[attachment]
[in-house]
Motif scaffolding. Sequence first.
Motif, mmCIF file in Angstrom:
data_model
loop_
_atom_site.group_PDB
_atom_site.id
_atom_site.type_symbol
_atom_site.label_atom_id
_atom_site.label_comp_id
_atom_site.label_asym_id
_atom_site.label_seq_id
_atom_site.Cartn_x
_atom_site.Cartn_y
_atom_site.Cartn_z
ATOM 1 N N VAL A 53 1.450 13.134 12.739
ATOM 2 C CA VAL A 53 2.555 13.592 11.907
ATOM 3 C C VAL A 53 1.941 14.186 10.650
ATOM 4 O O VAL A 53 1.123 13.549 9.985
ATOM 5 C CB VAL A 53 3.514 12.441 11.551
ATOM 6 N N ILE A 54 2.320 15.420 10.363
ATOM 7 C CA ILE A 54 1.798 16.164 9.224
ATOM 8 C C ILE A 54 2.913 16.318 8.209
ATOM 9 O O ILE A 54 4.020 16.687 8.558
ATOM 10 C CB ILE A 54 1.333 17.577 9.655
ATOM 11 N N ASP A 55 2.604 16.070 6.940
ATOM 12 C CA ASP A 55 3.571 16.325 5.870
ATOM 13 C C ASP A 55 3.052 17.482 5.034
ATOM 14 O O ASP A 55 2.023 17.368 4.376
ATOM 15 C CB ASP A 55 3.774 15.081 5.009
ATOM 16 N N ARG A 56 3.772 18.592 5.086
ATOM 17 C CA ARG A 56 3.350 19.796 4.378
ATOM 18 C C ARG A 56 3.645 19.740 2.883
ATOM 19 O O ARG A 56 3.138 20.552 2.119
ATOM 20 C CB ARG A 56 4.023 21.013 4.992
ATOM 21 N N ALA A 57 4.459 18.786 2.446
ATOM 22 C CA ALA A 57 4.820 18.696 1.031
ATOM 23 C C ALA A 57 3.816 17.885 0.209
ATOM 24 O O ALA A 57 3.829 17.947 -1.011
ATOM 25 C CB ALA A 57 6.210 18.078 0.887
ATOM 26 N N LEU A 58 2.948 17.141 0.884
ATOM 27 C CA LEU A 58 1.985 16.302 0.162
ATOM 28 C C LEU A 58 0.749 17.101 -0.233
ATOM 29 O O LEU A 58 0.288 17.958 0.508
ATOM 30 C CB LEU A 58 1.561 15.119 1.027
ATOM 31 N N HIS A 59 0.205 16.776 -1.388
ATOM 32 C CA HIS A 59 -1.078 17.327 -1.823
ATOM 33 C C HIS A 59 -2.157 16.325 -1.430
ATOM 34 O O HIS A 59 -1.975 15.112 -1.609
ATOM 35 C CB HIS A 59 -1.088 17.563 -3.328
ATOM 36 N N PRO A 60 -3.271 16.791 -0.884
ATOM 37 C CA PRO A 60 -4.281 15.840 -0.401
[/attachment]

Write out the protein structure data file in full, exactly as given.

[in-house]
Motif scaffolding. Sequence first.
Motif, mmCIF file in Angstrom:
data_model
loop_
_atom_site.group_PDB
_atom_site.id
_atom_site.type_symbol
_atom_site.label_atom_id
_atom_site.label_comp_id
_atom_site.label_asym_id
_atom_site.label_seq_id
_atom_site.Cartn_x
_atom_site.Cartn_y
_atom_site.Cartn_z
ATOM 1 N N VAL A 53 1.450 13.134 12.739
ATOM 2 C CA VAL A 53 2.555 13.592 11.907
ATOM 3 C C VAL A 53 1.941 14.186 10.650
ATOM 4 O O VAL A 53 1.123 13.549 9.985
ATOM 5 C CB VAL A 53 3.514 12.441 11.551
ATOM 6 N N ILE A 54 2.320 15.420 10.363
ATOM 7 C CA ILE A 54 1.798 16.164 9.224
ATOM 8 C C ILE A 54 2.913 16.318 8.209
ATOM 9 O O ILE A 54 4.020 16.687 8.558
ATOM 10 C CB ILE A 54 1.333 17.577 9.655
ATOM 11 N N ASP A 55 2.604 16.070 6.940
ATOM 12 C CA ASP A 55 3.571 16.325 5.870
ATOM 13 C C ASP A 55 3.052 17.482 5.034
ATOM 14 O O ASP A 55 2.023 17.368 4.376
ATOM 15 C CB ASP A 55 3.774 15.081 5.009
ATOM 16 N N ARG A 56 3.772 18.592 5.086
ATOM 17 C CA ARG A 56 3.350 19.796 4.378
ATOM 18 C C ARG A 56 3.645 19.740 2.883
ATOM 19 O O ARG A 56 3.138 20.552 2.119
ATOM 20 C CB ARG A 56 4.023 21.013 4.992
ATOM 21 N N ALA A 57 4.459 18.786 2.446
ATOM 22 C CA ALA A 57 4.820 18.696 1.031
ATOM 23 C C ALA A 57 3.816 17.885 0.209
ATOM 24 O O ALA A 57 3.829 17.947 -1.011
ATOM 25 C CB ALA A 57 6.210 18.078 0.887
ATOM 26 N N LEU A 58 2.948 17.141 0.884
ATOM 27 C CA LEU A 58 1.985 16.302 0.162
ATOM 28 C C LEU A 58 0.749 17.101 -0.233
ATOM 29 O O LEU A 58 0.288 17.958 0.508
ATOM 30 C CB LEU A 58 1.561 15.119 1.027
ATOM 31 N N HIS A 59 0.205 16.776 -1.388
ATOM 32 C CA HIS A 59 -1.078 17.327 -1.823
ATOM 33 C C HIS A 59 -2.157 16.325 -1.430
ATOM 34 O O HIS A 59 -1.975 15.112 -1.609
ATOM 35 C CB HIS A 59 -1.088 17.563 -3.328
ATOM 36 N N PRO A 60 -3.271 16.791 -0.884
ATOM 37 C CA PRO A 60 -4.281 15.840 -0.401